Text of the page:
Of the studies which examined the use of rehabilitation with autoregulation, three utilized the Scroth program. The Scroth program consists of an intense inpatient physical therapy, which includes 5-6 hours of treatment per day, 6 days a week over the course of 4-6 weeks (this is a very intense program!). Subsequent to this, a home exercise program is implemented, using the same exercise program utilized in the inpatient phase, for only 30 minutes a day. The therapeutic exercises and physical therapy techniques used include elongation, realignment of trunk segments, positioning of the arms, corrective muscle tension, breathing exercises, mirror control, external stimuli (i.e. hand of the therapist) and proprioceptive assistance.

The evidence for the use of the Scroth program, as intensive as it is, is variable. One study found improvements in 44% of subjects and a worsening of curves in 3%. Another found that the condition of 25% of subjects worsened, while 18% improved. A third study utilized two subgroups matched for sex and age and compared them against a control group. The two experimental groups received ‘scoliosis intensive inpatient rehabilitation (SIR)’, while the control group received no treatment. Both experimental groups’ curves improved significantly (younger group: 53% improvement in Cobb degrees; older group 70% improvement in Cobb degrees) greater than the control group, who featured only a 29% change in their Cobb angles.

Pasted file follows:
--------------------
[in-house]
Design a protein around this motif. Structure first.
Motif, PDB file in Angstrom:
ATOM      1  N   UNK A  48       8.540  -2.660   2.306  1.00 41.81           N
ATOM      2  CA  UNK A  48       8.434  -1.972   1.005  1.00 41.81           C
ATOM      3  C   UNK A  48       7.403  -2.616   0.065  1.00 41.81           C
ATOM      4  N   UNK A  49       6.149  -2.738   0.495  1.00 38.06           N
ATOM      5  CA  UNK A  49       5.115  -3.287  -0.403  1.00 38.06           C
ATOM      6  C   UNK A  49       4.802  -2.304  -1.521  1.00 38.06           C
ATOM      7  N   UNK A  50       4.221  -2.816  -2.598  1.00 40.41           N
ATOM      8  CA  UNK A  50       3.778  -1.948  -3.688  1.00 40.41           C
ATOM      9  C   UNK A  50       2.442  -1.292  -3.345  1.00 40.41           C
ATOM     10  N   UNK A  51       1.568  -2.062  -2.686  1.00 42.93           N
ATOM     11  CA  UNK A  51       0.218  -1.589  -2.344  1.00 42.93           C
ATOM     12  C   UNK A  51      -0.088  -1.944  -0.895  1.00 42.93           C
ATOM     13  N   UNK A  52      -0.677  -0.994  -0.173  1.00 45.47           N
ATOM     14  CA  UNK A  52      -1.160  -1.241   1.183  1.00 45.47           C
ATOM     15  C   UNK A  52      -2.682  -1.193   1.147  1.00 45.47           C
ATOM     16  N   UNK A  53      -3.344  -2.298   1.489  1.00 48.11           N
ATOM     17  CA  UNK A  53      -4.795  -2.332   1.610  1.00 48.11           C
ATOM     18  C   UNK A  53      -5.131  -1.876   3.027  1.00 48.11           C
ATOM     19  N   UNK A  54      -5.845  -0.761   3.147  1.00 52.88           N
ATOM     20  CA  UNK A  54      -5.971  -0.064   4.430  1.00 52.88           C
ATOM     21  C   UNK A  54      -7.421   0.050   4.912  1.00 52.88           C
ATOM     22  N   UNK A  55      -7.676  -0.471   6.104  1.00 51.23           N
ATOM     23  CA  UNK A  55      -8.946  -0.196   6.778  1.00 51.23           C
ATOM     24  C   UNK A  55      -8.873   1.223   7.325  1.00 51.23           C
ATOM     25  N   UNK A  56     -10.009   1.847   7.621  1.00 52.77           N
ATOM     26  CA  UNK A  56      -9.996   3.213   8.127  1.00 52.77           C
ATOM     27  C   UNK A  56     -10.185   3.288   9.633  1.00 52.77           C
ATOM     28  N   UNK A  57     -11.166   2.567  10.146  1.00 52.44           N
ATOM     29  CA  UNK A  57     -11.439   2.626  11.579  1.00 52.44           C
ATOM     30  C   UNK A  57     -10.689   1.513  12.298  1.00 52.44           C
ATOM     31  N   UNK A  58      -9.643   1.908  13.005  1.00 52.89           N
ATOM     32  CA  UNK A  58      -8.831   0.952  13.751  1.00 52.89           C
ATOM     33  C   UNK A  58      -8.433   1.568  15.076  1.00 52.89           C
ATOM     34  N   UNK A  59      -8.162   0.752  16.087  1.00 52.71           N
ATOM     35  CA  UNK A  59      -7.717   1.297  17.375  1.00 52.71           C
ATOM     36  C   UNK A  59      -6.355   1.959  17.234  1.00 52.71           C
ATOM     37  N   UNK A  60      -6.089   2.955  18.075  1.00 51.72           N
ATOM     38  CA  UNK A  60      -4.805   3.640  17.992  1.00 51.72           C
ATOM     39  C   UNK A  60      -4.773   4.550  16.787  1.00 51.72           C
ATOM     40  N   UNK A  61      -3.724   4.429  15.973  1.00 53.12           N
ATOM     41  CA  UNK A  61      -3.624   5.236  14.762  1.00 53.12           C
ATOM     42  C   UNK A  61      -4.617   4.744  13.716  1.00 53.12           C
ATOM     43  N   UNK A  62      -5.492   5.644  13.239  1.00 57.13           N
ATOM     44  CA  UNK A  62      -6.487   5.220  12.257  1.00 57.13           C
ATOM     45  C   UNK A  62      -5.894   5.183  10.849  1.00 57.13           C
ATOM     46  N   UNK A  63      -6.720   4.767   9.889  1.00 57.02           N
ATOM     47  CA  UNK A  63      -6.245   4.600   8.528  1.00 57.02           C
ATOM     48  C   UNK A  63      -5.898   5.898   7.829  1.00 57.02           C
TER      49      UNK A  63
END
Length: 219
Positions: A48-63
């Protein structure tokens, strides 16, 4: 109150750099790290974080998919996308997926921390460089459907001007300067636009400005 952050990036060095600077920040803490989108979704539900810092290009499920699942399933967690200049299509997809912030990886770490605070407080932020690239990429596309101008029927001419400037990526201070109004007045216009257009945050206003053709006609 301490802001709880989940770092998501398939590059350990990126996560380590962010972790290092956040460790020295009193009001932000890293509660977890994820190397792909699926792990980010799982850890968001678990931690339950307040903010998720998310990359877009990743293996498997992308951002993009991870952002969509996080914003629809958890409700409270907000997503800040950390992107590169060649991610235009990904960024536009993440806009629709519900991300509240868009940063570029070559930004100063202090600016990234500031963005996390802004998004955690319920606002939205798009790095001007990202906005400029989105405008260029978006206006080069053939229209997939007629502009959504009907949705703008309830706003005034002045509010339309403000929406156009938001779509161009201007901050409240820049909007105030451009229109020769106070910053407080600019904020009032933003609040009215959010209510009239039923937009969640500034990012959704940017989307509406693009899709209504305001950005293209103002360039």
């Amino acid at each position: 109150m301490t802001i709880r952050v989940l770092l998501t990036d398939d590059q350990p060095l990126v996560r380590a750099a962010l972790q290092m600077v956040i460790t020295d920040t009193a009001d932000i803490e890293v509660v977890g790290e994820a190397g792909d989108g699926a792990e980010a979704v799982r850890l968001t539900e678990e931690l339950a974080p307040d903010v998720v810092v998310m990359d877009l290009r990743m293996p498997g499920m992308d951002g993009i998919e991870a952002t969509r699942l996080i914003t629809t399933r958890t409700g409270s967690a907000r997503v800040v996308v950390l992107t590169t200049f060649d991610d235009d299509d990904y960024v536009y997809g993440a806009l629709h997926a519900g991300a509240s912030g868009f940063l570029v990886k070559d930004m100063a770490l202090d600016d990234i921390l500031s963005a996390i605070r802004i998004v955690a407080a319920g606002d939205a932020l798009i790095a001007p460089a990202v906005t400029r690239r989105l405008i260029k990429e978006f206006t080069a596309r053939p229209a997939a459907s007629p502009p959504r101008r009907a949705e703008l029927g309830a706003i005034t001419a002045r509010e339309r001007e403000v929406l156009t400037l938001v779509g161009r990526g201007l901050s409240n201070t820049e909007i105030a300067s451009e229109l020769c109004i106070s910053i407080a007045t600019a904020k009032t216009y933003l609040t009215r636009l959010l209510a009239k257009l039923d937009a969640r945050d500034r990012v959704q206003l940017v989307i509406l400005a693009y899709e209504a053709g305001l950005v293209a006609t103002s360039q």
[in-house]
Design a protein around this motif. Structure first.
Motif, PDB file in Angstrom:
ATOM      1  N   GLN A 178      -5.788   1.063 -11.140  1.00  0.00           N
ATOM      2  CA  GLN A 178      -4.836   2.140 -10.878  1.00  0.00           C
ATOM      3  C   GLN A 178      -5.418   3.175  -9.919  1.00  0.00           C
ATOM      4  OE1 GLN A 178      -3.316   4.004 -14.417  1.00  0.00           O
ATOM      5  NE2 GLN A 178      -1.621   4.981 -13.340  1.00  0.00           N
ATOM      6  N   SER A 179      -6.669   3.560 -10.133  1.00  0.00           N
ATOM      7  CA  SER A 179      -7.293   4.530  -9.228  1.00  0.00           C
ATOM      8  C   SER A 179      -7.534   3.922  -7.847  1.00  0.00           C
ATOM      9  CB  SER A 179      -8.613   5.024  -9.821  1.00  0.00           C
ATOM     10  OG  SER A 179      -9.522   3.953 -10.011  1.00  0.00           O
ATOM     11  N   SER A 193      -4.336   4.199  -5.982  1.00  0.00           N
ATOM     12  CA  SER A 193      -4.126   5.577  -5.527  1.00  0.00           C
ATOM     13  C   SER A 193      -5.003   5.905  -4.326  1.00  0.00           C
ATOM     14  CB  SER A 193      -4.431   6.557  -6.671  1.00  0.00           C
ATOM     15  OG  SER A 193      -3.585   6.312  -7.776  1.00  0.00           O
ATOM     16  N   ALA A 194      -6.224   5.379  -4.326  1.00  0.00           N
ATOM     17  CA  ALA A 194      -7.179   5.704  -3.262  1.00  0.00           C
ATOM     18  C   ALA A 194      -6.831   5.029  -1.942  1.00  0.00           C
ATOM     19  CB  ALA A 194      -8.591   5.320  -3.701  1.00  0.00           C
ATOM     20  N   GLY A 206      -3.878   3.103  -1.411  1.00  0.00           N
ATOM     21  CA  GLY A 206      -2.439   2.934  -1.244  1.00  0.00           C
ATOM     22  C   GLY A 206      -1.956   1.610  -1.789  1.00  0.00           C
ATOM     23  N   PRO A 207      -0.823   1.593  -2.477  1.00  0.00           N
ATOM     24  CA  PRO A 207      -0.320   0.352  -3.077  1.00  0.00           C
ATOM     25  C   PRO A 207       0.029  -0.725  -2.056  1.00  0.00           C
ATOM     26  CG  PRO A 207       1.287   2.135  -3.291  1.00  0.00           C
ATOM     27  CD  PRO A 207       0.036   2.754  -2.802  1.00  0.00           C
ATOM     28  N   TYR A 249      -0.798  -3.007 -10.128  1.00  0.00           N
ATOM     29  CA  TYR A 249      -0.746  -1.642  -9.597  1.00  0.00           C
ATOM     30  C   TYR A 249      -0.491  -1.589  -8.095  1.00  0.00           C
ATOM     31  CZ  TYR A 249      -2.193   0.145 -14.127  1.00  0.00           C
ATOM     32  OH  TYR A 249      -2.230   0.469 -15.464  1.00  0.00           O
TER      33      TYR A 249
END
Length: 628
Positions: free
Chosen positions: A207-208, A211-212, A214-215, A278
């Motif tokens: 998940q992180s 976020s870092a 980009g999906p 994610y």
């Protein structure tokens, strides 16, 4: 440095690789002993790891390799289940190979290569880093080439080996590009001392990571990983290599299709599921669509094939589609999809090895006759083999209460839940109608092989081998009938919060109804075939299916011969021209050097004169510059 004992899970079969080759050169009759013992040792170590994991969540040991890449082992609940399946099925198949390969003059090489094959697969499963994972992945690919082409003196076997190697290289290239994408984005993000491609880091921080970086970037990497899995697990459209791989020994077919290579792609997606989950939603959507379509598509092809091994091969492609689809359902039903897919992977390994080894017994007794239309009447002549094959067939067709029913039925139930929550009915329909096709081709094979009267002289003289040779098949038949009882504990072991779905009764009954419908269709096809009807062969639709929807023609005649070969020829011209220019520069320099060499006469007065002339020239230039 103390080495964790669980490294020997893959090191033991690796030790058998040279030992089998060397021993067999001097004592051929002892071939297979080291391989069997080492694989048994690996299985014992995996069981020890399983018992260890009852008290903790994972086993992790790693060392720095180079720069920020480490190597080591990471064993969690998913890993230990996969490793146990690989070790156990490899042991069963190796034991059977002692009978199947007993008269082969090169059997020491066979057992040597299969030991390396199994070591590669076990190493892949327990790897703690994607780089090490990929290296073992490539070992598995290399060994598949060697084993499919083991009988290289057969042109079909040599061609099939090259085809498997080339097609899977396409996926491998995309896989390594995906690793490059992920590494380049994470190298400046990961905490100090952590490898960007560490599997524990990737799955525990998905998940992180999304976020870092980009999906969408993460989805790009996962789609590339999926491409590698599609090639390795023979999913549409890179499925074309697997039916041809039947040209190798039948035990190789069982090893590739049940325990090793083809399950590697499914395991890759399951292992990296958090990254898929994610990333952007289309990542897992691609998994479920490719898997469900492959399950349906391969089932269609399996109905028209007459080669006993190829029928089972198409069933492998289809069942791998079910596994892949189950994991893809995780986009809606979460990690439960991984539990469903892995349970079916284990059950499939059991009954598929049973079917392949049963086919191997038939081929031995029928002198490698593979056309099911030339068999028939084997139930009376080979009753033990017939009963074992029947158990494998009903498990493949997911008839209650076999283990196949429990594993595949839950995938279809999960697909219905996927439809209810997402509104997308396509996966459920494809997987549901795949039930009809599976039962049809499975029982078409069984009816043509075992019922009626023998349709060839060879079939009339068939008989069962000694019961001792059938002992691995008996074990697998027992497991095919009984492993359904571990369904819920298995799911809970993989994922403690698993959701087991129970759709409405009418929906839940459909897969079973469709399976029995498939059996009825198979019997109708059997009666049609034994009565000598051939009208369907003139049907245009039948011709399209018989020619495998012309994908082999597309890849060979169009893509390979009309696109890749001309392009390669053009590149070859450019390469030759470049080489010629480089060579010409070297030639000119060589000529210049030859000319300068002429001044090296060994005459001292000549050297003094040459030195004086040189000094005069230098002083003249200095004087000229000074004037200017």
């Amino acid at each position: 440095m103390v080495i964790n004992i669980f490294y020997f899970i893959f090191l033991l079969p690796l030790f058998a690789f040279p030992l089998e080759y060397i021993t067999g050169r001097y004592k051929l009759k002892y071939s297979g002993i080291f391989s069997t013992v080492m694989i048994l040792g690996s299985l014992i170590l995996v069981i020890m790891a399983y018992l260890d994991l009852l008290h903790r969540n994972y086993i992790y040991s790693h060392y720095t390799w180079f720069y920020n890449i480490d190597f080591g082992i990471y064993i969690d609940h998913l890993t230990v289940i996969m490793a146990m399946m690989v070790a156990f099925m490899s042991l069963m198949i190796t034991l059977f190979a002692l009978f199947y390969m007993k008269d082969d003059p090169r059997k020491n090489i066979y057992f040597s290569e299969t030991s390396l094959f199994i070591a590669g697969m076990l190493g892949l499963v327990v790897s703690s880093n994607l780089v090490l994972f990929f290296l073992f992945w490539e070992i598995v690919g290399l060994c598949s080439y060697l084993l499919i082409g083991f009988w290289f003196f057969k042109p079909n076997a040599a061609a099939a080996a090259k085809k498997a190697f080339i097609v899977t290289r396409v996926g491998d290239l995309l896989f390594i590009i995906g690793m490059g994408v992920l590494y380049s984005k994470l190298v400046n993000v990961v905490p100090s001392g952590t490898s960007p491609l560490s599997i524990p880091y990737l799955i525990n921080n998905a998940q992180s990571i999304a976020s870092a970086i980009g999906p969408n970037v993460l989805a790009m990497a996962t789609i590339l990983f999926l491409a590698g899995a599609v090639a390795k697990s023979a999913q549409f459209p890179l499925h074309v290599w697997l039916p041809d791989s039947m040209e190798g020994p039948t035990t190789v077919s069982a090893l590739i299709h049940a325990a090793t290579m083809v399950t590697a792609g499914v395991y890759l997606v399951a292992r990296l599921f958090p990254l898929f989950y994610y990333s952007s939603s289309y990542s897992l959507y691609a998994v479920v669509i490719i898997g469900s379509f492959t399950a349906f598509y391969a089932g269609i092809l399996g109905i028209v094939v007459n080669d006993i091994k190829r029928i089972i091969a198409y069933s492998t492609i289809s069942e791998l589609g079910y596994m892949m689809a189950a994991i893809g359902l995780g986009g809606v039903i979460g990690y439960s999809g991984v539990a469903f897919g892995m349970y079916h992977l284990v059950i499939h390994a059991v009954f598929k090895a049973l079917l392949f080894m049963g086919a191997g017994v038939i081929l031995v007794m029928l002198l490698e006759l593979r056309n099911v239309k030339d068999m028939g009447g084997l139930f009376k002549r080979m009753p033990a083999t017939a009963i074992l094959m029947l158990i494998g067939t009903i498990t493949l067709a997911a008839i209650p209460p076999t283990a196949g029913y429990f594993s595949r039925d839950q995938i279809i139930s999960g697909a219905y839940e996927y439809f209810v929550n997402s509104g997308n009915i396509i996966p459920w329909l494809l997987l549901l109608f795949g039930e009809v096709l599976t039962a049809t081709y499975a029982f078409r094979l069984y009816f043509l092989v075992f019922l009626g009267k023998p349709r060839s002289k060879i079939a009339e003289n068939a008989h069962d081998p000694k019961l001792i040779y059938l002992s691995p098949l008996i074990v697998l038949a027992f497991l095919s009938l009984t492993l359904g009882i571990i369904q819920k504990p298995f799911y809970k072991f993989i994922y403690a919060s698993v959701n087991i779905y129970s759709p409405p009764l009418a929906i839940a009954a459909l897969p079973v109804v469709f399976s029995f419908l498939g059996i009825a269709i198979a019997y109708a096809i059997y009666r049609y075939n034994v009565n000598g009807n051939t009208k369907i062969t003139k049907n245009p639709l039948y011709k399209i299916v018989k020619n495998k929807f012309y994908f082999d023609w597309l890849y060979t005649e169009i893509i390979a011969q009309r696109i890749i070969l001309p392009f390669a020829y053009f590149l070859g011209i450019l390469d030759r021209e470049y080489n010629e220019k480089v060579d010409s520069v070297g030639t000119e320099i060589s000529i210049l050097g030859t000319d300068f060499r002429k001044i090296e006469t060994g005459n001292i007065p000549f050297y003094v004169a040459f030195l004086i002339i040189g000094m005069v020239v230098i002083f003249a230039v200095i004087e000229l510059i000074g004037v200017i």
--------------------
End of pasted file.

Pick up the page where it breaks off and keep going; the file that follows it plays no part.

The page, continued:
Some of the studies included in the review used a method called the Integrated Scoliosis Rehabilitation (ISR) program, which is known to be a multifaceted approach to management of AIS. This program typically involves the use of Physio-logic exercises®, 3D exercises made easy, spinal mobilization by a physiotherapist and pattern specific activities of daily living (ADLs), in addition to the Schroth method. Physio-logic exercises® are symmetric mobilizing exercises for the thoracic and lumbar spinal curvatures. Additionally, 3D exercises are said to improve postural correction in the sagittal and coronal planes.